What's the difference between Adult Stem Cells and Embryonic Stem Cells?
There are significant biological differences between human, embryonic, and adult stem cells. Embryonic stem cells can be isolated from embryos with relative ease and have an unlimited ability to self-renew and proliferate in culture in huge numbers for many generations. Further, they are the only stem cell lines known to be undifferentiated and pluripotent that are available for study. This means that they are more likely to generate a wider range of cell types. Such characteristics, in combination, give embryonic stem cells a remarkably broad therapeutic potential. Yet the availability of human embryos for the production of stem cells is limited and subject to considerable ethical controversy and legal restrictions. Many of the existing stem cell lines are incompletely characterized and may not be robust or stable in their properties.
Adult stem cells, in contrast, are found in low numbers in the human body, can be difficult to obtain, do not expand readily in culture, and may be capable of differentiation into only a limited number of cell types. It seems likely that a few known adult stem cells exhibit stem cell plasticity and can differentiate into cell types outside their usual path. Such adult stem cells would need somehow to be isolated, expanded, and then efficiently reprogrammed onto a new pathway of differentiation if they were to be used to treat patients. This extra reprogramming step makes the development of specialized cells from adult stem cells more complicated than from embryonic stem cells.
All of these factors seem to give embryonic stem cells an edge over adult stem cells for research and therapy, based on the current state of scientific knowledge. Consequently, some stem cell scientists and research experts consider human embryonic stem cell research more promising than adult stem cell research and, ultimately, more promising for patient treatment. Yet most in the Weld appear to see both kinds of stem cells as providing complementary avenues for research and therapy. The National Research Council of the National Academies maintains that the ‘‘best available scientific and medical evidence indicates that research on both embryonic and adult human stem cells will be needed.’’ The National Institutes of Health has come to a similar conclusion.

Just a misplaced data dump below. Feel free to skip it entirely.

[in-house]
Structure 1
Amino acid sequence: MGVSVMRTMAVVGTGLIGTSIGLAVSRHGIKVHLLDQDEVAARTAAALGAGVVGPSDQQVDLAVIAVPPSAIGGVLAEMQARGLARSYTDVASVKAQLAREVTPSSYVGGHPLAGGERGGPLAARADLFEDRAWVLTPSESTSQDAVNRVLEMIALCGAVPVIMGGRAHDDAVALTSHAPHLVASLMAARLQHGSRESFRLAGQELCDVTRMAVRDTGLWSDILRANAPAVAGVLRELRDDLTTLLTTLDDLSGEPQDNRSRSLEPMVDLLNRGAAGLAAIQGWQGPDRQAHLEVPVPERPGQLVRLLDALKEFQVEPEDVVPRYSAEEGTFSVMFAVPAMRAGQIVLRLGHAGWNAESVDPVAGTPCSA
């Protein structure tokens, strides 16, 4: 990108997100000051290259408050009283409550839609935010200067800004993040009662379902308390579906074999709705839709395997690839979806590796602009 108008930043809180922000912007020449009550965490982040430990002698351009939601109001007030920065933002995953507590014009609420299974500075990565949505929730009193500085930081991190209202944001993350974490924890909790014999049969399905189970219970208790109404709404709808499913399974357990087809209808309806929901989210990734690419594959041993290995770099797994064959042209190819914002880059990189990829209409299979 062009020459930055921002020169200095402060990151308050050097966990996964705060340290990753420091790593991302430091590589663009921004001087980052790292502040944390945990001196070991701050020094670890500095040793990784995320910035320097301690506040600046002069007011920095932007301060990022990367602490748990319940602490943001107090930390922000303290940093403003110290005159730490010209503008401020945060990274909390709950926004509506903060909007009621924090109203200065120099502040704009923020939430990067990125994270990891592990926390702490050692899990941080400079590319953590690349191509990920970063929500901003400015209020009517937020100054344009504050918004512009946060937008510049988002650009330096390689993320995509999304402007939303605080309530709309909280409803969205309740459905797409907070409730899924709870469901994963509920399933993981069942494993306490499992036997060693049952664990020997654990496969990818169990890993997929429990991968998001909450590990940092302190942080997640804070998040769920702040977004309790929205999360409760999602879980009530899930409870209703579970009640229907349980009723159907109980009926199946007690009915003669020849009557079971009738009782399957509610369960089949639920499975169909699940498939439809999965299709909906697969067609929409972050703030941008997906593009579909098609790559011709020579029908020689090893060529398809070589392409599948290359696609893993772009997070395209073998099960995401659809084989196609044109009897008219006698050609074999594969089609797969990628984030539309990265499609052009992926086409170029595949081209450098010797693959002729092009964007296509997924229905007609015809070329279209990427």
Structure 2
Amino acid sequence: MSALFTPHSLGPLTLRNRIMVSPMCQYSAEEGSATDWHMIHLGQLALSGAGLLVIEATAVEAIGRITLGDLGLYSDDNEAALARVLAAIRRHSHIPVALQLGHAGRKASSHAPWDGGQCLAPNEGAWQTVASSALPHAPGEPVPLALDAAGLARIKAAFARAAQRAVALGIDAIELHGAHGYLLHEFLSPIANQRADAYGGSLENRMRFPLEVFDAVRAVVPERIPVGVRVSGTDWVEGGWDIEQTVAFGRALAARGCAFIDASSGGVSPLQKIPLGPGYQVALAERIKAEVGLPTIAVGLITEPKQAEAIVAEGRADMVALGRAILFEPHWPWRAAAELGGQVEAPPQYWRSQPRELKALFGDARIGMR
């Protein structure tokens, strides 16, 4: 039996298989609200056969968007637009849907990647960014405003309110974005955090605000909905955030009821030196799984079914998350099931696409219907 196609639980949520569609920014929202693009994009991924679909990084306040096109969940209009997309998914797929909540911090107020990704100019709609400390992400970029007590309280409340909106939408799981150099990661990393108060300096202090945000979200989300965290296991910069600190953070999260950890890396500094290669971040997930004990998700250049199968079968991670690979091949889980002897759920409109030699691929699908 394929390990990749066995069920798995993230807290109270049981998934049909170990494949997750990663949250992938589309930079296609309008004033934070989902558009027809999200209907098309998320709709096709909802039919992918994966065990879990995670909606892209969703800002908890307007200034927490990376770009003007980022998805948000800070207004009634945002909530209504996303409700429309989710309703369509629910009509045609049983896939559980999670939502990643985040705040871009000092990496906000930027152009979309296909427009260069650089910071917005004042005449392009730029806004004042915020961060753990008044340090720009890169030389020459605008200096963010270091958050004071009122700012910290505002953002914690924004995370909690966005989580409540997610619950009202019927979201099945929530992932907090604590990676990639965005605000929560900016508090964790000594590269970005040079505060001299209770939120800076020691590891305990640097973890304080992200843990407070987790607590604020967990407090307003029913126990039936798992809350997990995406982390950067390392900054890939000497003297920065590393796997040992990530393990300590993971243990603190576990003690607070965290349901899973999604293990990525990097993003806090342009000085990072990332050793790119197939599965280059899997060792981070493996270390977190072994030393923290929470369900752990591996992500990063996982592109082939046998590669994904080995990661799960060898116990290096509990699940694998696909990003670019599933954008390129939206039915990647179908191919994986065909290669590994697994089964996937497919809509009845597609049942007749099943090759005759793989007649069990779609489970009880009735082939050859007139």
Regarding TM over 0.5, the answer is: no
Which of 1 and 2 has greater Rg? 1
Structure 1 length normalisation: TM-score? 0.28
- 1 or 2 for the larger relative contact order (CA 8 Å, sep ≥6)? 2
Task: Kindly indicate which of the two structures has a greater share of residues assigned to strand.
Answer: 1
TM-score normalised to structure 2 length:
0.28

The extent to which these two different stem cell types will be useful in generating replacement cells and tissues in patients with disease and injury is unknown at this point in time. Substantially more research on both sorts of stem cells is needed before it can be definitively determined whether one provides a better route to therapies than the other. There are multiple technical hurdles that must first be overcome. Over the next several years, it will be important to continue to analyze the difference between adult stem cells and embryonic stem cells, and to compare them in terms of their ability to proliferate, differentiate, survive and function after transplant, and avoid immune rejection.
If stem cell therapies of either kind are to be of clinical benefit and of demonstrated safety, a much clearer understanding of the processes of differentiation and dedifferentiation will be needed. It will also be important to develop clear and rigorous standards for evaluating embryonic and adult stem cells so that their potential uses can be accurately compared. There is increasing evidence that stem cells, like other cells, accumulate mutations as they are maintained in culture and may become transformed into cancerous cells. Sensitive methods for testing cells used for therapies must be developed.
Since few animal studies have looked at results much longer than a year after transplantation, the long-term consequences of both of these sorts of stem cell therapies need to be studied. In short, continued intensive research on both sorts of stem cells is needed before one kind can be said to be overwhelmingly superior to the other for research and therapy.